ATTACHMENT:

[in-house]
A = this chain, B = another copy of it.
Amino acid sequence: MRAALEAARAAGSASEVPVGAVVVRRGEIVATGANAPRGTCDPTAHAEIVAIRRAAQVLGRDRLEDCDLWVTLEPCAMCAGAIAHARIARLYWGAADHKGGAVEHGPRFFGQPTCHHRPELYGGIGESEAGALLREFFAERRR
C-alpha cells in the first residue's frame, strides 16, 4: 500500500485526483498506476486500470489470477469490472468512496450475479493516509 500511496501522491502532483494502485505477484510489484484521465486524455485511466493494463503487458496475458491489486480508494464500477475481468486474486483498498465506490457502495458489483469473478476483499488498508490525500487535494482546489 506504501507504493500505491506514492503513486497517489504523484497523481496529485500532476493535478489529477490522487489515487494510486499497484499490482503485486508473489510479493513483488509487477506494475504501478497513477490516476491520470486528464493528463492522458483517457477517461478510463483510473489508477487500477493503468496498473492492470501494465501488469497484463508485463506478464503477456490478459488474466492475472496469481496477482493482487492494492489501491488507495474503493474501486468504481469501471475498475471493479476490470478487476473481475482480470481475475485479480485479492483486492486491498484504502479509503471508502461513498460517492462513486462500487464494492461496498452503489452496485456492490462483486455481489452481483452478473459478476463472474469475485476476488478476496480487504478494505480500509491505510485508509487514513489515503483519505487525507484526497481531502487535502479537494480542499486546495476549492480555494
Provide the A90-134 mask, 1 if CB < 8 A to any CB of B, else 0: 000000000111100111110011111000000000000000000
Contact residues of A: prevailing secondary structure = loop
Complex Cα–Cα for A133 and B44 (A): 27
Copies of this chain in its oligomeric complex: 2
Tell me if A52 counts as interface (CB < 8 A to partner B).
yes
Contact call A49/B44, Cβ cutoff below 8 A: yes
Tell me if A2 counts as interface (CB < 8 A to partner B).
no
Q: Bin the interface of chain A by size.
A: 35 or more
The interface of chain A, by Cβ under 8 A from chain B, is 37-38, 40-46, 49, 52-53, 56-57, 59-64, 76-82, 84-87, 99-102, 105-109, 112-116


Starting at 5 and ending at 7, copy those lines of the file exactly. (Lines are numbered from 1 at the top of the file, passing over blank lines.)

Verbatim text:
Provide the A90-134 mask, 1 if CB < 8 A to any CB of B, else 0: 000000000111100111110011111000000000000000000
Contact residues of A: prevailing secondary structure = loop
Complex Cα–Cα for A133 and B44 (A): 27